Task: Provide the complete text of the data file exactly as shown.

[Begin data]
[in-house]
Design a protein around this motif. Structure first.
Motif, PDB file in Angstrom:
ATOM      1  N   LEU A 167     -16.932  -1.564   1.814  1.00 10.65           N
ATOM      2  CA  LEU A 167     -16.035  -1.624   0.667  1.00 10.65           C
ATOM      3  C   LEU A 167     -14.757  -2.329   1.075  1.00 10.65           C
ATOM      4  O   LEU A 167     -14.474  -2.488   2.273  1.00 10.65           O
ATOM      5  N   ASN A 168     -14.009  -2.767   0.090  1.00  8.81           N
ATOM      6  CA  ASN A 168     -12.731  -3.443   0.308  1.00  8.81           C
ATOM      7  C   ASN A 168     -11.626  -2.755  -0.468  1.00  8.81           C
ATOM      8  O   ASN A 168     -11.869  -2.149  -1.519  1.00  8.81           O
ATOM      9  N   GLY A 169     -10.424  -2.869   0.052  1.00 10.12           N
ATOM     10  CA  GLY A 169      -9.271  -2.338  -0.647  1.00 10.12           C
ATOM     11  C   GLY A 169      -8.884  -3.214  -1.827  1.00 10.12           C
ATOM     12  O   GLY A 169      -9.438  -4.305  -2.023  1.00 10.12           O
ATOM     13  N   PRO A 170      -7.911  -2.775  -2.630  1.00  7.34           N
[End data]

[in-house]
Design a protein around this motif. Structure first.
Motif, PDB file in Angstrom:
ATOM      1  N   LEU A 167     -16.932  -1.564   1.814  1.00 10.65           N
ATOM      2  CA  LEU A 167     -16.035  -1.624   0.667  1.00 10.65           C
ATOM      3  C   LEU A 167     -14.757  -2.329   1.075  1.00 10.65           C
ATOM      4  O   LEU A 167     -14.474  -2.488   2.273  1.00 10.65           O
ATOM      5  N   ASN A 168     -14.009  -2.767   0.090  1.00  8.81           N
ATOM      6  CA  ASN A 168     -12.731  -3.443   0.308  1.00  8.81           C
ATOM      7  C   ASN A 168     -11.626  -2.755  -0.468  1.00  8.81           C
ATOM      8  O   ASN A 168     -11.869  -2.149  -1.519  1.00  8.81           O
ATOM      9  N   GLY A 169     -10.424  -2.869   0.052  1.00 10.12           N
ATOM     10  CA  GLY A 169      -9.271  -2.338  -0.647  1.00 10.12           C
ATOM     11  C   GLY A 169      -8.884  -3.214  -1.827  1.00 10.12           C
ATOM     12  O   GLY A 169      -9.438  -4.305  -2.023  1.00 10.12           O
ATOM     13  N   PRO A 170      -7.911  -2.775  -2.630  1.00  7.34           N